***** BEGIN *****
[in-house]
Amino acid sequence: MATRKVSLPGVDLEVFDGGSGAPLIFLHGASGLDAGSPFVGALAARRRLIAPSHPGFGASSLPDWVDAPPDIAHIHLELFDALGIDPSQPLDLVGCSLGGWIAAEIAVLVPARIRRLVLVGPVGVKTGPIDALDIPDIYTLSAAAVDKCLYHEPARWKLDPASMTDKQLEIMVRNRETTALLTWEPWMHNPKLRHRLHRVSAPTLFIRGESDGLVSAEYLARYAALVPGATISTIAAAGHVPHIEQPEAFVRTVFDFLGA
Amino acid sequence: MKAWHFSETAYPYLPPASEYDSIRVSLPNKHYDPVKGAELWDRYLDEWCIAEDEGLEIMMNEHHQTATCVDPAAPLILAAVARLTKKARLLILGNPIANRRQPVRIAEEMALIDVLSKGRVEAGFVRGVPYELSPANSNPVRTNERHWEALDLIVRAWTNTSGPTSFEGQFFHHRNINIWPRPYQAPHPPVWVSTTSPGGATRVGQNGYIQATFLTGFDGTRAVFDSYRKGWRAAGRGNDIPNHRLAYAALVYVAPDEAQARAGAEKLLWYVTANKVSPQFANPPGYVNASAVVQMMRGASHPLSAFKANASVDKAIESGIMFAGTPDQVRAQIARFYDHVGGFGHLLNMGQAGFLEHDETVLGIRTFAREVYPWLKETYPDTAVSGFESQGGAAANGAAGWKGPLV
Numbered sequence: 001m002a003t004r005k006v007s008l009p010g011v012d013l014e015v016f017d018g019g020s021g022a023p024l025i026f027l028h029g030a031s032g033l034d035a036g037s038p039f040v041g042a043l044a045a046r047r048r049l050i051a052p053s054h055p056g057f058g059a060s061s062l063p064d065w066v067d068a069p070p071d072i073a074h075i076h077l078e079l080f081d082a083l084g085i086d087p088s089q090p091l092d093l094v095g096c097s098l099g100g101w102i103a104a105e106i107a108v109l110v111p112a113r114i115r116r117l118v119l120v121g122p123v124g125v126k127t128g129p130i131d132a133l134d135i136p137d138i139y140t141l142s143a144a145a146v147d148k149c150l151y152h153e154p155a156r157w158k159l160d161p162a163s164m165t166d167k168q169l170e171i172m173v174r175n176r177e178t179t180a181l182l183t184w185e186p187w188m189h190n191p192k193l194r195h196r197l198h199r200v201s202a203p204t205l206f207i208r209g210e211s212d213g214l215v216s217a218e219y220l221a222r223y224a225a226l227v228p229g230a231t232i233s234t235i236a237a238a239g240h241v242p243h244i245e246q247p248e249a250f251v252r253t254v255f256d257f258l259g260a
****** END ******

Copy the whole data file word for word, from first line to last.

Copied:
[in-house]
Amino acid sequence: MATRKVSLPGVDLEVFDGGSGAPLIFLHGASGLDAGSPFVGALAARRRLIAPSHPGFGASSLPDWVDAPPDIAHIHLELFDALGIDPSQPLDLVGCSLGGWIAAEIAVLVPARIRRLVLVGPVGVKTGPIDALDIPDIYTLSAAAVDKCLYHEPARWKLDPASMTDKQLEIMVRNRETTALLTWEPWMHNPKLRHRLHRVSAPTLFIRGESDGLVSAEYLARYAALVPGATISTIAAAGHVPHIEQPEAFVRTVFDFLGA
Amino acid sequence: MKAWHFSETAYPYLPPASEYDSIRVSLPNKHYDPVKGAELWDRYLDEWCIAEDEGLEIMMNEHHQTATCVDPAAPLILAAVARLTKKARLLILGNPIANRRQPVRIAEEMALIDVLSKGRVEAGFVRGVPYELSPANSNPVRTNERHWEALDLIVRAWTNTSGPTSFEGQFFHHRNINIWPRPYQAPHPPVWVSTTSPGGATRVGQNGYIQATFLTGFDGTRAVFDSYRKGWRAAGRGNDIPNHRLAYAALVYVAPDEAQARAGAEKLLWYVTANKVSPQFANPPGYVNASAVVQMMRGASHPLSAFKANASVDKAIESGIMFAGTPDQVRAQIARFYDHVGGFGHLLNMGQAGFLEHDETVLGIRTFAREVYPWLKETYPDTAVSGFESQGGAAANGAAGWKGPLV
Numbered sequence: 001m002a003t004r005k006v007s008l009p010g011v012d013l014e015v016f017d018g019g020s021g022a023p024l025i026f027l028h029g030a031s032g033l034d035a036g037s038p039f040v041g042a043l044a045a046r047r048r049l050i051a052p053s054h055p056g057f058g059a060s061s062l063p064d065w066v067d068a069p070p071d072i073a074h075i076h077l078e079l080f081d082a083l084g085i086d087p088s089q090p091l092d093l094v095g096c097s098l099g100g101w102i103a104a105e106i107a108v109l110v111p112a113r114i115r116r117l118v119l120v121g122p123v124g125v126k127t128g129p130i131d132a133l134d135i136p137d138i139y140t141l142s143a144a145a146v147d148k149c150l151y152h153e154p155a156r157w158k159l160d161p162a163s164m165t166d167k168q169l170e171i172m173v174r175n176r177e178t179t180a181l182l183t184w185e186p187w188m189h190n191p192k193l194r195h196r197l198h199r200v201s202a203p204t205l206f207i208r209g210e211s212d213g214l215v216s217a218e219y220l221a222r223y224a225a226l227v228p229g230a231t232i233s234t235i236a237a238a239g240h241v242p243h244i245e246q247p248e249a250f251v252r253t254v255f256d257f258l259g260a